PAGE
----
First, we need to accept that current policies are not working for our children. Promotional campaigns to get kids outdoors, sports, and well-intentioned voluntarist programs are not having any effect. If they were working there would be no need for this column.
Second, we need to add an outdoors element to our school curriculum, where kids spend most of their weekdays. Our attempt to recreate a 15th century Confucian scholar system teaching students to pass standardized tests has not done much for their outdoor experiences, but has led to the increasingly threatened extinction of recess. Time outdoors is critical for students (and teachers) and an important lesson that has fallen out of the curriculum. A LEED certified environmentally designed school is all well and good, but arguably a large green playground is more useful for youths. (The incredibly shrinking playground is another sad educational phenomena.) Likewise school gardens can be a great educational tool as long as the students have time to explore and play in them. Otherwise they are Potemkin villages masking increasing insularity.
Third, we need to let our kids be primitives in the summer. Homo sapiens have spent 200,000 years living largely outdoor lives. At least let our children enjoy this evolutionary heritage for 2 months of the year. Send them to an outdoor summer camp or go tent camping with them in one of our nearby wild areas—anything that does not involve electronics or outlets. Let them rediscover that they are evolved mammals who are predisposed to explore and enjoy the outdoors. Most young children inherently feel this, but we effectively let this love of nature (“biophilia”) atrophy by the teenage years.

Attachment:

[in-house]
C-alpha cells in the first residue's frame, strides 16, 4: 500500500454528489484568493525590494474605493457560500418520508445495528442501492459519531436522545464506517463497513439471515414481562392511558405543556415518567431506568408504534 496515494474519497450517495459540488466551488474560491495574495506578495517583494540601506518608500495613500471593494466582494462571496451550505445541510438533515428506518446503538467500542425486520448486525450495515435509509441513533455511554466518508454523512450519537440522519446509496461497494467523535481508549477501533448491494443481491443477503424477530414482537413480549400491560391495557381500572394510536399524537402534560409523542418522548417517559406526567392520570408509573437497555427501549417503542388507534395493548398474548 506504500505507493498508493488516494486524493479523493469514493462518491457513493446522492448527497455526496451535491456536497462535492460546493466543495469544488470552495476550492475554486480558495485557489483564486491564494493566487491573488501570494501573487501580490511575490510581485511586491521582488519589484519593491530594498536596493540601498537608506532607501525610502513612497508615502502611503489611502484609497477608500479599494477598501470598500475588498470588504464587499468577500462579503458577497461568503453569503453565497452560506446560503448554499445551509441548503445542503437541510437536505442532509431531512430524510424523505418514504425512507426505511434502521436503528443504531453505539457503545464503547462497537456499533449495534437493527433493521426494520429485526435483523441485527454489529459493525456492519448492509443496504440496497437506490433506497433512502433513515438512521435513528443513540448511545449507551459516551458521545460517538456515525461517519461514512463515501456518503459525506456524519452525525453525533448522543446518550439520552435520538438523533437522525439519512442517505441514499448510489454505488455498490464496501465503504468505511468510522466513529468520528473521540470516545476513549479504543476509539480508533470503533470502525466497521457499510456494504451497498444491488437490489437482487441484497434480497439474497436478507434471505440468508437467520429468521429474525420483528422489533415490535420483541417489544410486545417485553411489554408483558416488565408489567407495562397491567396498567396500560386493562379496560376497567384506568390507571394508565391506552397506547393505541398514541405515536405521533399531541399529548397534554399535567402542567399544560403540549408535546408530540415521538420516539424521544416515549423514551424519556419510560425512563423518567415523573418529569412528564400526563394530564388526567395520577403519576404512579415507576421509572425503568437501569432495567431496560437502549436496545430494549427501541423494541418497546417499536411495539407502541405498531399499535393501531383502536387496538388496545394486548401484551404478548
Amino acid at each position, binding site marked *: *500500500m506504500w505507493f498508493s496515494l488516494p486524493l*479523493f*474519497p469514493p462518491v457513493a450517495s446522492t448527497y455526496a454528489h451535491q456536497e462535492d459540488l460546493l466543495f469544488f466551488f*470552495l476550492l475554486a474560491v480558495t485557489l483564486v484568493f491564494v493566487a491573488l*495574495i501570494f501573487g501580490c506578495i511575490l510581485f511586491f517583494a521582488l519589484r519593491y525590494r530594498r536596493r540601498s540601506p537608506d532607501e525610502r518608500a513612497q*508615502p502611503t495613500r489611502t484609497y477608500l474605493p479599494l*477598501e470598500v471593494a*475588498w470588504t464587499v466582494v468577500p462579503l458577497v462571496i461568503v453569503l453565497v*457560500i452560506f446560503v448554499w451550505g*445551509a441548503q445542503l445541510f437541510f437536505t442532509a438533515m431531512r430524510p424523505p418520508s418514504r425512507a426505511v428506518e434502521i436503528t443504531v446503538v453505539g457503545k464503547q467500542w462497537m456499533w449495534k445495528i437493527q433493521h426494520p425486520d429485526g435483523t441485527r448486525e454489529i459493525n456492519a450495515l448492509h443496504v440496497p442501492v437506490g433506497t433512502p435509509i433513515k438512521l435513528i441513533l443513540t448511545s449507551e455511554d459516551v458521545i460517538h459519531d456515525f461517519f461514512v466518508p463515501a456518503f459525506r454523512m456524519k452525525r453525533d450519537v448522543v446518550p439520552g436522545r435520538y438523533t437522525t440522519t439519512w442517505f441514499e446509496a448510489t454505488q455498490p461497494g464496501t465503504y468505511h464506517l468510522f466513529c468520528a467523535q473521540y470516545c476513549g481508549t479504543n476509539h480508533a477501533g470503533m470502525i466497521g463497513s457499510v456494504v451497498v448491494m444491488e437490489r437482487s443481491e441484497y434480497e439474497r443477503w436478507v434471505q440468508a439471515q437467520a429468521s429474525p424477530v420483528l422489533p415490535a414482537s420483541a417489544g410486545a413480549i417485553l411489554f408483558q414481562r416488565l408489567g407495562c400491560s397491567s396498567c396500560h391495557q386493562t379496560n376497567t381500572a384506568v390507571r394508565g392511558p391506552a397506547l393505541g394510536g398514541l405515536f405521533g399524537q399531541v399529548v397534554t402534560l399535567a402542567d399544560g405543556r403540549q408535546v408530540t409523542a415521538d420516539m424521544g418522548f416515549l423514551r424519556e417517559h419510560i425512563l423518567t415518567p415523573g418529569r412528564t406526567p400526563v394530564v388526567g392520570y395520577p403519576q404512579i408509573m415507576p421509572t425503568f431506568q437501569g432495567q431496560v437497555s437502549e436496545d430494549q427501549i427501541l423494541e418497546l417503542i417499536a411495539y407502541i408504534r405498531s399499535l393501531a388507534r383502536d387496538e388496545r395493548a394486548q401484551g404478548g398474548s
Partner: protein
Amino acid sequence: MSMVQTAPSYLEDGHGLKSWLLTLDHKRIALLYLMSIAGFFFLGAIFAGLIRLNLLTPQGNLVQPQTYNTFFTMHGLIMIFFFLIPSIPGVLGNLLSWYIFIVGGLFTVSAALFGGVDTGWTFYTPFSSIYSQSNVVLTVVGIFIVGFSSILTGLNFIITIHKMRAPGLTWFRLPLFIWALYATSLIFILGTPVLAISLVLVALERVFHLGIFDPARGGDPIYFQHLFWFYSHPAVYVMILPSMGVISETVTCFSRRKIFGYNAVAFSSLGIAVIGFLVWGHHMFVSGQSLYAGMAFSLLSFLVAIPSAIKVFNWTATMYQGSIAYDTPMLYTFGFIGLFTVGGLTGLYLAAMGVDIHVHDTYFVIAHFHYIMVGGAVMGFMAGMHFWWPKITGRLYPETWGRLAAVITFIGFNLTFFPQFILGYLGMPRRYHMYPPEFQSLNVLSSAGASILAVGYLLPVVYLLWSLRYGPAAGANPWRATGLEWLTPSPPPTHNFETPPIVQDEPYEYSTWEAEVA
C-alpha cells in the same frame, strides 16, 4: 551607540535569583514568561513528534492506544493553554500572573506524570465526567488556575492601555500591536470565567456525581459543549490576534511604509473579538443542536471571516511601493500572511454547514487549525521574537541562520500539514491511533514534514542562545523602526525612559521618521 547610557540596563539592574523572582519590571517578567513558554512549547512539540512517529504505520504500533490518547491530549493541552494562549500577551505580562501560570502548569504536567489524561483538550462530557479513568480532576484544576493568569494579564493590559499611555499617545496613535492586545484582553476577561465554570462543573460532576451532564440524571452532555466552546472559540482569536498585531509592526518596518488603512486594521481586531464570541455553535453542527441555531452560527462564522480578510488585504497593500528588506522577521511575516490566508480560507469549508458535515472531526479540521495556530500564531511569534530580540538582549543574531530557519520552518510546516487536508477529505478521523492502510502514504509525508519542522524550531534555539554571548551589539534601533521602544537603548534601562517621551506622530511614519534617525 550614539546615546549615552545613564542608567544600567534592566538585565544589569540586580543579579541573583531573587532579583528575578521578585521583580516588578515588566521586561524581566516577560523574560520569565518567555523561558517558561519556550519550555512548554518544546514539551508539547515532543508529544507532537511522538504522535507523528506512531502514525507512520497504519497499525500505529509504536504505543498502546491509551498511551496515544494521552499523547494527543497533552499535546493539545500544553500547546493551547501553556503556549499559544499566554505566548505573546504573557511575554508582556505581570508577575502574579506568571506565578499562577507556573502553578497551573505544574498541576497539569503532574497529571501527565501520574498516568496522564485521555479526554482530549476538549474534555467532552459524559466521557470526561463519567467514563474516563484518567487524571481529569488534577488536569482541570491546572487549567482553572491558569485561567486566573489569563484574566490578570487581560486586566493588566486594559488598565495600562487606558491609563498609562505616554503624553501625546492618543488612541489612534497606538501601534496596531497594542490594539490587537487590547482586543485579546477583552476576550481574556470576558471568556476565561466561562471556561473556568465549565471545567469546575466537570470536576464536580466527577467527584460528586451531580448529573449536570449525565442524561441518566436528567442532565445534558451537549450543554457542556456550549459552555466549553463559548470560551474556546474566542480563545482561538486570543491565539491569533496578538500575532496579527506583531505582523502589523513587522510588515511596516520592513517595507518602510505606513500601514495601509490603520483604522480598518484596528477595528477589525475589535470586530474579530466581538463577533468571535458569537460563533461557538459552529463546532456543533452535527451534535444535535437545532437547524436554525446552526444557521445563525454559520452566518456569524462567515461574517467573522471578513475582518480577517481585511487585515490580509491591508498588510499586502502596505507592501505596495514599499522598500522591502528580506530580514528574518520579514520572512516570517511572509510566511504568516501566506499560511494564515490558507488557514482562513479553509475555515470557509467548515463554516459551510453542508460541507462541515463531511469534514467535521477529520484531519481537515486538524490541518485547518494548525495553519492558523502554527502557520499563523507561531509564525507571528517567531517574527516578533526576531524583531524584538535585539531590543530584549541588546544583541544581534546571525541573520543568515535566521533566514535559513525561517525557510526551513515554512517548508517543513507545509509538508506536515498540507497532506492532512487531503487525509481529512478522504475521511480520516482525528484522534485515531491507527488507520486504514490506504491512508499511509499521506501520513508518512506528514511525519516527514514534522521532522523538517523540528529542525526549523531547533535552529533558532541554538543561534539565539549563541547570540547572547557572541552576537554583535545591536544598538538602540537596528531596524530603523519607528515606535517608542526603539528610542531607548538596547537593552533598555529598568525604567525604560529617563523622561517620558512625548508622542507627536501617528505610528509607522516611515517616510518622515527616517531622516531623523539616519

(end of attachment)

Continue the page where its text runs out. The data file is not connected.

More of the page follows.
Fourth, we need to throw out the video games and television. Now I loved both as a child, but there were technological and fiscal limits in my youth. Many years ago video games cost a quarter and we only had one TV and two stations—with my parents’ viewing habits firmly in control. Nevertheless I watched as much TV as I could and played as many video games as I could afford and then (only then) did I go outdoors. With these limits removed today our kids behave like I would have had I known cable or Playstation—they spend most of their day in front of a screen. This is no surprise. Television networks and video game manufacturers are expressly in the job of luring and addicting young people to their products (much as the cigarette manufacturers of old) and they are extremely successful at it. That is what it is, but it does place a premium on parents to monitor and control these addictive habits. Just as we would not give our kids a pack of Marlboros and a six-pack every day, we are doing them no favors by providing unlimited access to the screen. Adults may (or may not) have the wisdom to moderate their vices, but our laws and culture assume that the young do not yet have the wisdom to do this on their own.